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Re: [T3] Purest Type 3 group?


No, not joking.  Ok... here is the Front end FAQ so you dont have to dig for
it.
Grab a beer, get comfortable... and:

The Type 3 Front end. DON'T lower your standards!!

Only your automatics..

By: Keith Park

The type 3 front end is a very well designed one and will last literally
forever if properly maintained and not lowered but with improper maintenance
and rough treatment can be shot in as little as 60Kmi.

This article is to supplement the Bentley manual, and show some practical
shortcuts and things that that were left out but you WILL need the torque
specs and such from the Bentley and it is HIGHLY recommended you read over
the whole chapter on the front end before proceeding with any work on it.

I will write the article as a procedure to disassemble and adjust the
suspension height. If your not concerned with doing this read through anyway
as I will include the little things to look for that may cause other
problems.

Begin by raising the front end of the car and supporting it with jack stands
under the beam. Remove the front wheels. Next remove the spindles, the ball
joint clamping bolts are a tricky breed and must be delt with appropriately.
They are 9.8 Shanked bolts which means they are hardened and MUST be
replaced with hardened bolts as they are torqued to 40 ft-lbs. The bolts may
be broken loose with weight on the ball joint but must be removed without
any weight on the stud or the stud will jam against the bolt and roll the
threads over. Lastly, most of these bolts are frozen so you'll have to wrap
the ball joint in a wet rag and use an OXY torch to heat the knuckle where
the bolt threads in RED hot to remove the bolt. Don't even bother with a
propane torch as there is not nearly enough heat and this is the LAST bolt
you'll want to break off, its hardened so drilling it out is a nightmare.
Take your time and get torch help where you need it and they will all come
out.

Once you've loosened the lower ball joint stud bolt raise the lower torsion
arm with a floor jack being careful of the stability of the car and shifting
on the jack stands. Once you have the top torsion bar so that it is no
longer pushing against the top rubber snubber you have relieved the pressure
on the ball joint stud and you can fully remove the bolt. Next drive a cold
chisel or wedge into the ball joint clamp to free the ball joint stud and
raise the lower arm further until the stud is loose. Remember to check the
car and make sure it isn't shifting on the jack stands but you may actually
have to lift it off one with the jack under the lower torsion arm to get the
arm high enough to remove the ball joint. Once it is free you can let the
jack down and remove the top ball joint stud in the same manner only you won
't need the jack. Hang the knuckle in such a way as to not stress the brake
hose.

If your just adjusting the suspension height or servicing the lower torsion
bar you don't need to remove the top ball joint.

Now that your spindles are off remove the shocks making sure that the lower
bushing on the shock comes off with the shock and that you don't rip it out
of the rubber on the shock. Your now ready to take the bars out of the front
end. Lower bars first, First, and most important, is to take a cold chisel
and mark the stationary unloaded position on the arm and beam so you can put
it back on the same spline later. Next remove the anchoring bolt on the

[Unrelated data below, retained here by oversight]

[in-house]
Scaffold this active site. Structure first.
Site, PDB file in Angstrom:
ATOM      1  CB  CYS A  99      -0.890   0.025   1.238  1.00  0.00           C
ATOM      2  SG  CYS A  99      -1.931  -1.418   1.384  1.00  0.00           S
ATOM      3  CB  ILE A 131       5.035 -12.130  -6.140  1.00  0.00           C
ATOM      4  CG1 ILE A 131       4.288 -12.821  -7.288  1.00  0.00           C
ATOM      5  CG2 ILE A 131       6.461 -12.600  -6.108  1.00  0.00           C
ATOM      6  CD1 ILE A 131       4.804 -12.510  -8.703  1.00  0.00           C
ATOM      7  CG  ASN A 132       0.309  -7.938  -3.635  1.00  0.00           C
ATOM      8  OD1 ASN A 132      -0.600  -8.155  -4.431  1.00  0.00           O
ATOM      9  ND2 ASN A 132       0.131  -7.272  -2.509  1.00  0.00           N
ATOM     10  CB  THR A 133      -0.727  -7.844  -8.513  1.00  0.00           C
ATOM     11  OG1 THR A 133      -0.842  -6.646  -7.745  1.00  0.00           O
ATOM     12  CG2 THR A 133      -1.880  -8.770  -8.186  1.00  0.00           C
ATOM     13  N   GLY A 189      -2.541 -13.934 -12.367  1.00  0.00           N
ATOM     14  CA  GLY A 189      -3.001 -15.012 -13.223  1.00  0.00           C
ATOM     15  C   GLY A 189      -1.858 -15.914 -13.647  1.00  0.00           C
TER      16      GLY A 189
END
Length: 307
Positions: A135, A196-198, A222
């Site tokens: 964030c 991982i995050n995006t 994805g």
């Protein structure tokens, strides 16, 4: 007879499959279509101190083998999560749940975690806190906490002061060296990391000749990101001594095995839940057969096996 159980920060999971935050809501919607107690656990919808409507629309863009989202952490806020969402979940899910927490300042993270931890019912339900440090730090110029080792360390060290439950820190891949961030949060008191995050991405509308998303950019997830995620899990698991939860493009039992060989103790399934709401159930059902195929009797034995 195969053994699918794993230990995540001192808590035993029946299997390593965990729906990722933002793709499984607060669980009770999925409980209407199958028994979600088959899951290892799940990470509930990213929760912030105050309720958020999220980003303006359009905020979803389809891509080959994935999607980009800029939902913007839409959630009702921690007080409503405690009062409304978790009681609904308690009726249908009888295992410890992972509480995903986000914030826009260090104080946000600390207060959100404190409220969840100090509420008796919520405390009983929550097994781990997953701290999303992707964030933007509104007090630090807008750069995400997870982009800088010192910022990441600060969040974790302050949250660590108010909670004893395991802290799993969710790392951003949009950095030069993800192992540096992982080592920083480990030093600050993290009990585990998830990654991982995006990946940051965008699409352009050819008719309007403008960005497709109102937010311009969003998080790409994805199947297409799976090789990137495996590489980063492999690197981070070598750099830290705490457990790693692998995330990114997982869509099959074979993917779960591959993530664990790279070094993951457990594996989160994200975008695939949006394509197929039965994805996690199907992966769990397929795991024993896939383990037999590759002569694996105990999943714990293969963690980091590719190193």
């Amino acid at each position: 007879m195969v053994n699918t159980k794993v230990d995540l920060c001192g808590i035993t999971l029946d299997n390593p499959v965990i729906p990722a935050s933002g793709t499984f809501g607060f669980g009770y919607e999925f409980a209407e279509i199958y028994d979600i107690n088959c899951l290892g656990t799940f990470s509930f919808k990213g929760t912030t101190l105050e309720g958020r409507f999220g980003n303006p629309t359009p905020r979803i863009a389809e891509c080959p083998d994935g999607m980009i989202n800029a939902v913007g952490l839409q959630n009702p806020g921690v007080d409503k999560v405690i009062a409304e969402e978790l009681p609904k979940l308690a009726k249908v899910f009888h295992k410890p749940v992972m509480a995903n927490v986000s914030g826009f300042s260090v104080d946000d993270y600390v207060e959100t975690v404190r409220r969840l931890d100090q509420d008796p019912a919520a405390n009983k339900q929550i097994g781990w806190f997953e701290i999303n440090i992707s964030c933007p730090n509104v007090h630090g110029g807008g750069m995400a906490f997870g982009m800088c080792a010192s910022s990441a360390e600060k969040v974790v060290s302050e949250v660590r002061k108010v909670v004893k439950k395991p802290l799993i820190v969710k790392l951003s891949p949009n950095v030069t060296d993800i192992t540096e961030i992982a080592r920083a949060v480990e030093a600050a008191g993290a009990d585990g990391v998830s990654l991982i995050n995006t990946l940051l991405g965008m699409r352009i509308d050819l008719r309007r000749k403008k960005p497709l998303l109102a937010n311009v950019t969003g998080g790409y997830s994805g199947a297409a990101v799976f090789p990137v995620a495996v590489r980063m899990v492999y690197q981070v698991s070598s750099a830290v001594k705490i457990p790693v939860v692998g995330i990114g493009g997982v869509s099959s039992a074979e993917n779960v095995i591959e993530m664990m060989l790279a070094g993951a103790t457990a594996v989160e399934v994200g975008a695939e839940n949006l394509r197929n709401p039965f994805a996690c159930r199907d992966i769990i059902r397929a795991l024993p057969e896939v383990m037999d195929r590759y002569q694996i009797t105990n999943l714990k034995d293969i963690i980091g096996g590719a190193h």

opposite side and the retaining finger and thread in a longer version of the
same bolt and pound it in till the bar comes loose and hangs free. These
splines are notorious for rusting up and perhaps NEVER coming loose so be
prepared for a showstopper here. You can heat but it you deform the end of
the beam with the heat and pounding you'll ruin it and never get a proper
alignment again. One of the locals here in town years ago had a tool he put
on it and vibrated it along with heating that worked very well but finding
this is probably an impossibility.

Get it loose? GREAT! Now carefully remove the bar, supporting its weight and
keeping it in the middle of the hole so as not to damage the bushing and
bearing surfaces in the beam on the way out. It will be VERY greasy so wipe
it down and examine it. The bar should not have more than very minor surface
rust and NO cracks. The bar should be concentric in the hole where it enters
the torsion arm too. if it's just a little off OK but if its really
noticeable then you have a bent arm and its scrap. This will cause the
inability to get proper Caster on alignment. Look at the inner area of the
arm where the inner bushing rode on it, if its shiny and just a bit worn its
OK, if its scored or grooved but not worn into the arm its been improperly
greased and is near end of life but if the wear is down into the arm its
junk and so are the bushings in the beam. Look at where the needle bearings
ride, there should be NO scoring or pitting here and NO rust. If you see
rust your beam is probably rusted through under the clamps and needs to be
replaced.

If the arm checks out you can loosen the clamp bolt, mark its position on
the bar with a grease pencil (the bar is too hard for a cold chisel) and
pound it off. These splines are also a bear and heat can be used but as a
last resort and with care as the grease in the arm will melt and try to
catch fire.

The inner beam bushings and bearings are replaceable but obtaining these

Part's is VERY difficult. The outer needle bearings are easily removable
with a puller and a slide hammer but the inner bushings are a different
story.

VW had a tool to do it but it's hard to tell what it was in the literature
and the bushings are usually really in there. I have used an assembly of
washers on a rod filed on the edges so they will slide through and latch on
the other side. This gave me limited success and installing the new ones
must also be done with care using a punch that will hold the bushing and a
lip that will pound it in to the correct depth. I wish I had better
suggestions other than to hope the bushings are good but perhaps someone
else will invent a better way of getting them in and out without damage.

Now that you've inspected the lower portion of the beam lets look at the